Message from the Director of Urban Technology

“Technology is the answer, but what was the question?”
—Cedric Price

This comment by Cedric Price, a British architect, captures the importance of what we’re doing with Urban Technology at Taubman College. Technology is too important to be left to computer scientists and engineers. In 2022 it’s clear that digital and networked technologies are not going to disappear from our lives any time soon. Yet a harmonious balance between bricks and clicks is something that will take time and expertise to develop. The questions are many.

Will next generation mobility systems be designed to serve the full diversity of human needs? Will parks and open spaces be managed effectively to provide safe and welcoming meeting grounds for the breadth of society? Will invasive advertising take over city streets like it has your web browser? Will water and power infrastructure crumble before we can build more resilient systems?

Working at the intersection of the physical realm of the built environment and the digital realm of the internet is one of the most important places to focus this century because foundational decisions are being made right now about autonomous vehicles, facial recognition, predictive analytics, and so much more in the context of urban life. This is not merely a challenge of how to build such systems, but what to build in the first place, and why. The work at the intersection of physical cities and digital technologies requires a creative mind and a broad skill set, which is exactly what our program is designed to help you build.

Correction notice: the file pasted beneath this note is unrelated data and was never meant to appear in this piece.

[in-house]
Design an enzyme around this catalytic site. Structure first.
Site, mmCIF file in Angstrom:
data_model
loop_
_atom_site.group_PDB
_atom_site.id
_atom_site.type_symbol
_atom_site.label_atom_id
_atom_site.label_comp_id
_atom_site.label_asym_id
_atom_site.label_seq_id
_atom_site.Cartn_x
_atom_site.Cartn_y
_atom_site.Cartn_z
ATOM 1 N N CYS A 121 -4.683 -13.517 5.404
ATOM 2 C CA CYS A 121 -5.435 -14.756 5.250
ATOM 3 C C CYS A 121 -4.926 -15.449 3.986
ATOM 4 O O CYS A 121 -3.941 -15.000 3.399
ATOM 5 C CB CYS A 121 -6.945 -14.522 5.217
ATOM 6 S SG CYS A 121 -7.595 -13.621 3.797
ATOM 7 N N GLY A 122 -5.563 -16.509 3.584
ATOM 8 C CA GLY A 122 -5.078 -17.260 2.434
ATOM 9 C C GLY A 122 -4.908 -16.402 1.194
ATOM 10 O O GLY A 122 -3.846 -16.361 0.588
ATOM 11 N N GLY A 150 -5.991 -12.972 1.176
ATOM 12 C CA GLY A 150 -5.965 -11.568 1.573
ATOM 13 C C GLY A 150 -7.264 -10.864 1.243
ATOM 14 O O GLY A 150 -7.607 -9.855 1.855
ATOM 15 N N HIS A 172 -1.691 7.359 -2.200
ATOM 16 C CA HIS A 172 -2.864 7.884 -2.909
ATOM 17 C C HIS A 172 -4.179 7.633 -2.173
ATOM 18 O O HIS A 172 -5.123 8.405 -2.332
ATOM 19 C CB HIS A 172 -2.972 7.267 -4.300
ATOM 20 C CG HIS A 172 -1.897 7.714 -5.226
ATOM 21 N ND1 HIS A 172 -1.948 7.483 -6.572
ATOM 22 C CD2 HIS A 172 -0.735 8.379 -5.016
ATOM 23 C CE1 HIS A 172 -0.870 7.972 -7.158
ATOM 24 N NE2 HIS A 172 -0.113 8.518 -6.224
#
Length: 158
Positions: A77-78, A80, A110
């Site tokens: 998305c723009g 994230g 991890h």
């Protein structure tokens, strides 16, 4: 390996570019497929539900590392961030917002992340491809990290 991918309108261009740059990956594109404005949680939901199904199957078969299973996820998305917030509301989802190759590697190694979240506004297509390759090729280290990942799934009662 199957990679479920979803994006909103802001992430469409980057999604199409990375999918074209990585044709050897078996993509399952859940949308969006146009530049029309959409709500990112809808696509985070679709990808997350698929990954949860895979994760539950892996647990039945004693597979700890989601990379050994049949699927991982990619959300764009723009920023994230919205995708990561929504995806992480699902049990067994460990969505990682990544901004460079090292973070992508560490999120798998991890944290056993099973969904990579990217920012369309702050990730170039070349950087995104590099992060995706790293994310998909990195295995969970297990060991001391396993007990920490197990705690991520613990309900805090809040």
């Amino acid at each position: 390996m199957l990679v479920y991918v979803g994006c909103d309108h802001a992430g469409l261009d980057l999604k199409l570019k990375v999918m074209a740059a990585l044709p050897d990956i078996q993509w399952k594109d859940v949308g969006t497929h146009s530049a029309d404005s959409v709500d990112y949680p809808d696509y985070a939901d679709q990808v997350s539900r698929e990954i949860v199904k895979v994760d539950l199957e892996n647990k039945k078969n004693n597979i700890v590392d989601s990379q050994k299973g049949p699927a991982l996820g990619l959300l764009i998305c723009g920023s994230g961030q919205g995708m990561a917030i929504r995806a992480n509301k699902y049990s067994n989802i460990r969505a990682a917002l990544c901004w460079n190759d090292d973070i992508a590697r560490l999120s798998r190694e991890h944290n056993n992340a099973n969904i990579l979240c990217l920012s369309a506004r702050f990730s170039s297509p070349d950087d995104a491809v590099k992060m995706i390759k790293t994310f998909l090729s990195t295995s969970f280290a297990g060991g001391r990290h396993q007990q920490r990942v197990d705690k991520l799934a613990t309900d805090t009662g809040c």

Year one of our unique program begins with a winter semester (January-April ‘23) start, allowing you to take a gap semester for the fall (September-December ‘22) where students travel, work, or volunteer. The first year culminates in our Cities Intensive in Spring semester (May and June ‘23) where you will learn about cities through site visits and meeting with urban leaders, as well as classroom experiences. In year two, you will hone your technical skills in coding and begin your studies in design. During years three and four, you will continue building your expertise as a designer with a strong base of technical understanding.

You will learn in a collaborative, hands-on environment, guided by faculty in architecture, urban planning, and urban technology who bring important perspectives to the classroom. With research across Taubman College touching on topics such as anti-racism, disabilities studies, climate mitigation and adaptation, food security, or urban access and mobility, you will have opportunities to learn from experts as well as get involved in important research.

Our program is designed to be a platform for a variety of city-focused careers. You may work in business, design, research, or a technical field after college, but regardless of where you head after U-M, you will go with cities as your domain, coding as an essential skill, and design as your superpower.

Hope to see you soon at the Art & Architecture building.

Best Regards,

Bryan Boyer
Director of Urban Technology program, Assistant Professor